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Sulfur hot springs

Owakudani hakone hot spring vents steam japan

Note that these images are not from Tamagawa, the place Booth describes below. Nor do I have any of the naked Akita bijins he mentions. 🙁 However, when I read the passage below I was reminded of these photographs that I took at Owakudani, near Hakone.

Owakudani river

Owakudani hot springs water

“Outside, in the hissing bed of the stream, metal pipes and a wooden trough stained bright yellow by the sulfur carried the hot spring water to the baths. The water is a bare two degrees below boiling when it comes out of the earth, and so the stream is practically invisible, shrouded day and night in billows of white vapor. The smell of the springs is overpowering, and in the huge wooden bathhouse where you grope your way to the pool of your choice through a permanent curtain of cloying steam, the stench is so heavy it chokes your throat till, after a while, you learn to breathe very gently and regularly as in a sauna.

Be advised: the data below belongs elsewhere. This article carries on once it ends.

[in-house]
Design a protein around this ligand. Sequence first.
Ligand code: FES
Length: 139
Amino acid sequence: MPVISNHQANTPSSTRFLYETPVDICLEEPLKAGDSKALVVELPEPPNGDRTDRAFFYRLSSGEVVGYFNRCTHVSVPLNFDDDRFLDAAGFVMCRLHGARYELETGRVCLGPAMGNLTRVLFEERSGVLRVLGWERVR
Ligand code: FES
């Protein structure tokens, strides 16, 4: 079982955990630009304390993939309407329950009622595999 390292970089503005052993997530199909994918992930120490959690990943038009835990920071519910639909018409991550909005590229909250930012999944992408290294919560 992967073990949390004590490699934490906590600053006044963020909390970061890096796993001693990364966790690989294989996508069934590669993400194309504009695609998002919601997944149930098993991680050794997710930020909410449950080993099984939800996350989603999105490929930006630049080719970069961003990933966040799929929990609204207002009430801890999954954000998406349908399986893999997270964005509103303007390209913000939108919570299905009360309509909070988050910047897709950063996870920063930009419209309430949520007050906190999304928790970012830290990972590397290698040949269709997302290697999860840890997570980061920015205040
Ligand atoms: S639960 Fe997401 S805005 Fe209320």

But perhaps the most remarkable thing about Tamagawa is the fact that men and women bathe together. This was often so before ‘Westernization,’ and its survival here must be one of the reasons why the Japan Travel Bureau is so sniffy about ‘primitiveness.’ I found nothing primitive about it. I thought it a joy to lie and watch old women with breasts hanging down to their bellies giggling like schoolgirls while they scrubbed their husbands’ backs and eyed the one or two muscled young men who skipped self-consciously from pool to pool dangling hand towels in front of their crotches. The beauty of the Akita bijin does not appear to suffer much with age; the grandmothers’ faces were often as radiant as sixteen-year-olds’. The younger bijin stayed irritatingly out of sight–though, on reflection, that was probably just as well, since it enabled my enthusiasm for the primitive to continue at a cerebral level.”

(Alan Booth in The Roads to Sata p. 81-82)

One Response to “Sulfur hot springs”

  1. 1
    Hilda:

    Forget the bathers. Just two degrees below boiling?! Yeow!
    Awesome photos though!

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